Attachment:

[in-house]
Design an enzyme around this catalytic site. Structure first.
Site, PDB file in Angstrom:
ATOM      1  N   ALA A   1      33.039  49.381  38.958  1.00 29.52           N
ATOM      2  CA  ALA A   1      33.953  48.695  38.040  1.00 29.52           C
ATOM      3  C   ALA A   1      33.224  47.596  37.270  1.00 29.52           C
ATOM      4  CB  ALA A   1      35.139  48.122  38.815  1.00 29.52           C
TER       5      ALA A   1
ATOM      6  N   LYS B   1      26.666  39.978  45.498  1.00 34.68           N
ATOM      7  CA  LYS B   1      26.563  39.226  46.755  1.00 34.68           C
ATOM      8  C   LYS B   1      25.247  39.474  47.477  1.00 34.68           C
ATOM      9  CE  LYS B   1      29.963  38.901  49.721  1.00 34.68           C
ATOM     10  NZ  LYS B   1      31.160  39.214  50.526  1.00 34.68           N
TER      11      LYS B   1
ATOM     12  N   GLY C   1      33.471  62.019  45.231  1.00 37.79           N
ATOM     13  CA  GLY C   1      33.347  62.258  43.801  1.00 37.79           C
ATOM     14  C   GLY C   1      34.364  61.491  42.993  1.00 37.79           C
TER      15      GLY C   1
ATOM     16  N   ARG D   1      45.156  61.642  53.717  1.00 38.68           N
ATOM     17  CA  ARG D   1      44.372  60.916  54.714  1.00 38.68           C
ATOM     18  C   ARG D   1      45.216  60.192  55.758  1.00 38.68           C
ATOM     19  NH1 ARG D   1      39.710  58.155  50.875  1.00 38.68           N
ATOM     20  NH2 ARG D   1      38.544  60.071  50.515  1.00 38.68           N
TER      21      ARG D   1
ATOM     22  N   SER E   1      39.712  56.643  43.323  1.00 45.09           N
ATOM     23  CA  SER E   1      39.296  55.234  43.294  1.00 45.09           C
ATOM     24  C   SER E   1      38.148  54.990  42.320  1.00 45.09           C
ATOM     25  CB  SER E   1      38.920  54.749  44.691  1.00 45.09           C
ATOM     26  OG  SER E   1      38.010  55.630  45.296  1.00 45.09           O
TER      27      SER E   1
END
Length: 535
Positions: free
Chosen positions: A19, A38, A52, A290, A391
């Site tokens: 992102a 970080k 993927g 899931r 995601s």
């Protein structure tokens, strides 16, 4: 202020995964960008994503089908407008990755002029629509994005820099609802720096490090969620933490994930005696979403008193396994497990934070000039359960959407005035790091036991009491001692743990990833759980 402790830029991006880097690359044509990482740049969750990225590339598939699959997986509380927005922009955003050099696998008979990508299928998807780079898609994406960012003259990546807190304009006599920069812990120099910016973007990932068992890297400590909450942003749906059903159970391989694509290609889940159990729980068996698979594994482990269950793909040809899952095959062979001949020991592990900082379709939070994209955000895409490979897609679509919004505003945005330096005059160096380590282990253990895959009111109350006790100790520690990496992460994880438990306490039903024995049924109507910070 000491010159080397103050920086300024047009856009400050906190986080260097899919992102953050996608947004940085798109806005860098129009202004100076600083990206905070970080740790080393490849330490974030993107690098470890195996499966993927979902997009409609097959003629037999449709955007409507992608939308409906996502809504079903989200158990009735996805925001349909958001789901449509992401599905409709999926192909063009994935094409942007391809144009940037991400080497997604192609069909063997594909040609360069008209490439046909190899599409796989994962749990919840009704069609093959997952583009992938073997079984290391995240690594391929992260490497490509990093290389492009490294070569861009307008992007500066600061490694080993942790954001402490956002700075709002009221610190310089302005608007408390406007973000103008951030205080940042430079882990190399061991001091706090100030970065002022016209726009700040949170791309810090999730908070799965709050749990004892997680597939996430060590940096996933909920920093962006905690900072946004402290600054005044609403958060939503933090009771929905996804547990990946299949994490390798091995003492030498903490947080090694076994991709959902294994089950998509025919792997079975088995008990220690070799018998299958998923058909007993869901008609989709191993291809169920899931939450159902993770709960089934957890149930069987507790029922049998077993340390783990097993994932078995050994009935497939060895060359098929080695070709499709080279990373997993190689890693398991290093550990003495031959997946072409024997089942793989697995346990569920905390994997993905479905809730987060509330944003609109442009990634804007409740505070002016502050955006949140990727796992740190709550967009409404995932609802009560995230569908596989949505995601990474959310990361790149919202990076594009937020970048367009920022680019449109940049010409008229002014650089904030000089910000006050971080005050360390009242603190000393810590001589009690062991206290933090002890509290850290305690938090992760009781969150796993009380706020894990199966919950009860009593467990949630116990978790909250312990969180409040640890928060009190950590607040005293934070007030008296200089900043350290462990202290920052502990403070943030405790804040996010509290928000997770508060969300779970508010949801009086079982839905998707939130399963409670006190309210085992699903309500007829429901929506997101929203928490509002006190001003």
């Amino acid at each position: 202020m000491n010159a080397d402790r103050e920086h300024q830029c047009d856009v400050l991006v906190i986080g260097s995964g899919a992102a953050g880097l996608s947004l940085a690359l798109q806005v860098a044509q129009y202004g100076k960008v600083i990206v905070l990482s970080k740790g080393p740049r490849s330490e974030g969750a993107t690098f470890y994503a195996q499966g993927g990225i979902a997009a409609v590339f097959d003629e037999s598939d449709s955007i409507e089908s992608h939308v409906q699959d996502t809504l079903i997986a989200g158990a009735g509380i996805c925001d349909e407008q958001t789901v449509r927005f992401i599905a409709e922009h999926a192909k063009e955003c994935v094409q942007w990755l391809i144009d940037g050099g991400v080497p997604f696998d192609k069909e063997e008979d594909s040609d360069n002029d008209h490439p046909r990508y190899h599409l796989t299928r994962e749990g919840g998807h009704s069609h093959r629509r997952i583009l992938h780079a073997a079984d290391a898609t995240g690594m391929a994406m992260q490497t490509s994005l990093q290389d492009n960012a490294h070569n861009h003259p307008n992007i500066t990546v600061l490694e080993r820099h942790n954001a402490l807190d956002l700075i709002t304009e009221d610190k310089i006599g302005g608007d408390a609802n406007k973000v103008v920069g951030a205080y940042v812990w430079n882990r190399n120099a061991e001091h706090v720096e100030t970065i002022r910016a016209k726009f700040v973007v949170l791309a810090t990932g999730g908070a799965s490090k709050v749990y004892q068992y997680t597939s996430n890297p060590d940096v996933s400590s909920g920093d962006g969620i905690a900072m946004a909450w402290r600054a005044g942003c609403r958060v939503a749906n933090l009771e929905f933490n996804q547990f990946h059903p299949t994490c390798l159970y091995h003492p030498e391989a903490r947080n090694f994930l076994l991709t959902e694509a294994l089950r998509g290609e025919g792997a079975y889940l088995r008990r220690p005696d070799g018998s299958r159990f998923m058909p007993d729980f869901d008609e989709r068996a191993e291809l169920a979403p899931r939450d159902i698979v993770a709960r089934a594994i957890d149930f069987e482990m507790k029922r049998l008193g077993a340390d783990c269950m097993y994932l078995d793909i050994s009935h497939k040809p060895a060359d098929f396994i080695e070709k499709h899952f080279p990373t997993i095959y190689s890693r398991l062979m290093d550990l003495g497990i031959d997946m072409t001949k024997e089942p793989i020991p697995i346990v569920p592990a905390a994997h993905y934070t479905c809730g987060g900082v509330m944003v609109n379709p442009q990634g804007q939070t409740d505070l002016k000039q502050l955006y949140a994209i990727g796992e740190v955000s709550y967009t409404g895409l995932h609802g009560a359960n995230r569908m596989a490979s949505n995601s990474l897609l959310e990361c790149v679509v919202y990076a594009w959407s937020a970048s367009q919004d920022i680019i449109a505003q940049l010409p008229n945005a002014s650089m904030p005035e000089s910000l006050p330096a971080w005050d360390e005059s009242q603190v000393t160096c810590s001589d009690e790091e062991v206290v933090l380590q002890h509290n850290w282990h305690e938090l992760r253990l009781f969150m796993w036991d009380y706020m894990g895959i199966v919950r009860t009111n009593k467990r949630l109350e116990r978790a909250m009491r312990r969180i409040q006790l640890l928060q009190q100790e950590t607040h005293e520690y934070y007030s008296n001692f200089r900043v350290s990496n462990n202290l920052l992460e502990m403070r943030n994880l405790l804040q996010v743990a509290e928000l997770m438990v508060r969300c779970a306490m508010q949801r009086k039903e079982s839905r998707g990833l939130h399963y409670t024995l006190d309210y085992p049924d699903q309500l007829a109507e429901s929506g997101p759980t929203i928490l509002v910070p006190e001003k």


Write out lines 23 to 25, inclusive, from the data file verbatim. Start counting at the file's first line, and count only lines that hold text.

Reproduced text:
ATOM     20  NH2 ARG D   1      38.544  60.071  50.515  1.00 38.68           N
TER      21      ARG D   1
ATOM     22  N   SER E   1      39.712  56.643  43.323  1.00 45.09           N